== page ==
Logitech confirms no plans for new Google TV Revue after $100 million bathLogitech has confirmed that it has no plans to release a new Google TV-based Revue after implementation mistakes surrounding the device cost the company $100 million in operating profits.
Speaking at an Analyst and Investor Day earlier this week, Chief Executive Guerrino De Luca recounted the company's missteps that led to the Revue's failure, according to The Verge.
De Luca said Logitech had finally "brought closure to the Logitech Revue saga" with plans to clear out inventory this quarter. He candidly admitted that last year's holiday launch was "a mistake of implementation of a gigantic nature."
The executive laid some of the blame on Google for treating Google TV as beta software that could be iterated after launch. Logitech "executed a full scale launch with a beta product and it cost us dearly," De Luca said.
"To make the long story short, we thought we had invented [sliced] bread and we just made them. [We made a commitment to] just build a lot because we expected everybody to line up for Christmas and buy these boxes [at] $300 [...] that was a big mistake," the publication reported him as saying.
Logitech struggled to sell the Revue as reviewers dismissed the Google TV platform as a step "in the wrong direction." Journalist Walt Mossberg went so far as to label Google TV his second worst-reviewed product of 2010.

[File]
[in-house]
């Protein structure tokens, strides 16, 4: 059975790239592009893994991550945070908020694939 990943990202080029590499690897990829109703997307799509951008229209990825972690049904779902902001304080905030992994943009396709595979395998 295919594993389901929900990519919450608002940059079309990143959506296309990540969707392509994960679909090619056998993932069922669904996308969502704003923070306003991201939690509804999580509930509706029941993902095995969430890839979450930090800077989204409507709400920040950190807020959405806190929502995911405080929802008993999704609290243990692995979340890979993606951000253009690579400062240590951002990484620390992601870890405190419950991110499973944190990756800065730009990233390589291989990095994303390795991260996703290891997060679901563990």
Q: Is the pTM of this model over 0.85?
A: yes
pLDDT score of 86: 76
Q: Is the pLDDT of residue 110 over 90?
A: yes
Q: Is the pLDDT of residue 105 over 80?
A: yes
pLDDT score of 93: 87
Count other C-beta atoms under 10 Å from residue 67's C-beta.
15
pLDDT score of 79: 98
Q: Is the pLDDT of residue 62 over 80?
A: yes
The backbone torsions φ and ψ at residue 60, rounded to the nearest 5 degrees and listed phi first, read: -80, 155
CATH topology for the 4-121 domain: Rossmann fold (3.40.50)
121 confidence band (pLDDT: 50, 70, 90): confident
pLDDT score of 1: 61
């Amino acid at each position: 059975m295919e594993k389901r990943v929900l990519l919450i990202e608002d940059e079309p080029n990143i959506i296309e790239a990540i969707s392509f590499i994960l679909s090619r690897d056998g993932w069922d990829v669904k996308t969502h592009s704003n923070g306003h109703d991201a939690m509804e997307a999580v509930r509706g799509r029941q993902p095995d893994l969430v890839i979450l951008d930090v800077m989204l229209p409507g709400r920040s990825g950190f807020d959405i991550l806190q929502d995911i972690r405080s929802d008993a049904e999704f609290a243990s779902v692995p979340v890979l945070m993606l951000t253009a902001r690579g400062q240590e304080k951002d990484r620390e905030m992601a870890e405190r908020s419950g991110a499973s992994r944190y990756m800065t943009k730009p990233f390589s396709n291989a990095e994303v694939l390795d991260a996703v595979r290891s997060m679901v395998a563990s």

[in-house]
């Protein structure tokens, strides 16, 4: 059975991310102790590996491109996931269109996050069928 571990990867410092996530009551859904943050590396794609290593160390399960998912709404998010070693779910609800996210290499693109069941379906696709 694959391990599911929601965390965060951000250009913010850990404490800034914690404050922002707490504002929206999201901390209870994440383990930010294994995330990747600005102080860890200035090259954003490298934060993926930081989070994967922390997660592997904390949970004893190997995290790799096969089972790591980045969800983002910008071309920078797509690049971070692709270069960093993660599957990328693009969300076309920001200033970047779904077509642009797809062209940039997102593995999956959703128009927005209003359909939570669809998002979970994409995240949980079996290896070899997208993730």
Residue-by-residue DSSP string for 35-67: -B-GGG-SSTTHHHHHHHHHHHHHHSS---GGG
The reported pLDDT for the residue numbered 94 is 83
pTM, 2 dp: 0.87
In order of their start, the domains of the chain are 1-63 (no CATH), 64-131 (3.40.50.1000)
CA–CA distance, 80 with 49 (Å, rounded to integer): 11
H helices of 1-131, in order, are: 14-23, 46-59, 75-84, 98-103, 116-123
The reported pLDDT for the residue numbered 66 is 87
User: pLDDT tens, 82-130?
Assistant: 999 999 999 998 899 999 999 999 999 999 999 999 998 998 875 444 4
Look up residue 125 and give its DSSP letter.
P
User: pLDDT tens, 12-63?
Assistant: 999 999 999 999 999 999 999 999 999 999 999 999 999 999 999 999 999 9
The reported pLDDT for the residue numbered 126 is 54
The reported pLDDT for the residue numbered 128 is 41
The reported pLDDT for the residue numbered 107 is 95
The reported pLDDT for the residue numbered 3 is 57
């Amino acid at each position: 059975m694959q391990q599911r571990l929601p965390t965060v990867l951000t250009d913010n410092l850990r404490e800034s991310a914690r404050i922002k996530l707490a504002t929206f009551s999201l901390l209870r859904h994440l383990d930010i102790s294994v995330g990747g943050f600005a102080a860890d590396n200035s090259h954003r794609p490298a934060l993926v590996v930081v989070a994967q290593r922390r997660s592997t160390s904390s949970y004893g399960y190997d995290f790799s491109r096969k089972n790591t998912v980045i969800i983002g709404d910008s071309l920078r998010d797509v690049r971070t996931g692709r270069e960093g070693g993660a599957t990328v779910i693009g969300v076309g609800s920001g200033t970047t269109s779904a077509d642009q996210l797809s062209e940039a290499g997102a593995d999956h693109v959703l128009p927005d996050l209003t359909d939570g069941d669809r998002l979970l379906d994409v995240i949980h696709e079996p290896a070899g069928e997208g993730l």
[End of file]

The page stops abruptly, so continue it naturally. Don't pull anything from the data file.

After "very modest sales" of the Revue early this year, the company decided to cut its losses and sell the device below cost for $99. At one point, returns from unhappy customers outweighed sales of the set-top box. Then CEO Gerald P. Quindlen was ousted because of a $29.6 million quarterly loss that the Revue was partly to blame for. All told, De Luca believes mistakes surrounding the Revue, combined with "operational miscues" in the EMEA region, cost Logitech "well over $100 million in operating profits."
Late last month, Google released an update to Google TV, adding improved support for the Android Market application store. The new version focused on making it more easy for users to "find something worth watching." The company first showed off Google TV last May.
On a more upbeat note, De Luca did express a belief that Google TV will eventually succeed at some point, but he said it would probably be a "grandchild" of the product. For now, Logitech is looking to learn from its mistakes and will sit "on the bench" while Google improves the platform.
The Revue's fate comes as another cautionary tale in the TV market. Apple co-founder Steve Jobs himself admitted that many others have tried and failed to find a viable market for set-top boxes.
"Ask Tivo, ask Replay TV, ask Roku, ask Vudu, ask us, ask Google in a few months," Jobs said last year before Google TV had even been released. According to him, the problem is that there are too many boxes, remotes, and individual interfaces involved in the living room.
"The only way that's ever going to change," Jobs said, "is if you can really go back to square one, tear up the set top box, redesign it from scratch with a consistent UI across all these different functions, and get it to consumers in a way that they're willing to pay for it. And right now there's no way to do that."
Recent indications suggest that Jobs found a way to do just that. He told his biographer during an interview that he had "cracked" the secret for an innovative interface on an Apple-branded television.
Apple has seen better than expected success with last year's $99 redesign of the Apple TV set-top box, but the device still remains a "hobby." However, according to one analyst, Apple's TV hobby could go "pro" if it incorporated iOS with Siri and FaceTime into a high-definition television set. Such a device could provide a significant new revenue stream for Apple, as the LCD TV market is expected to top $100 billion next year.
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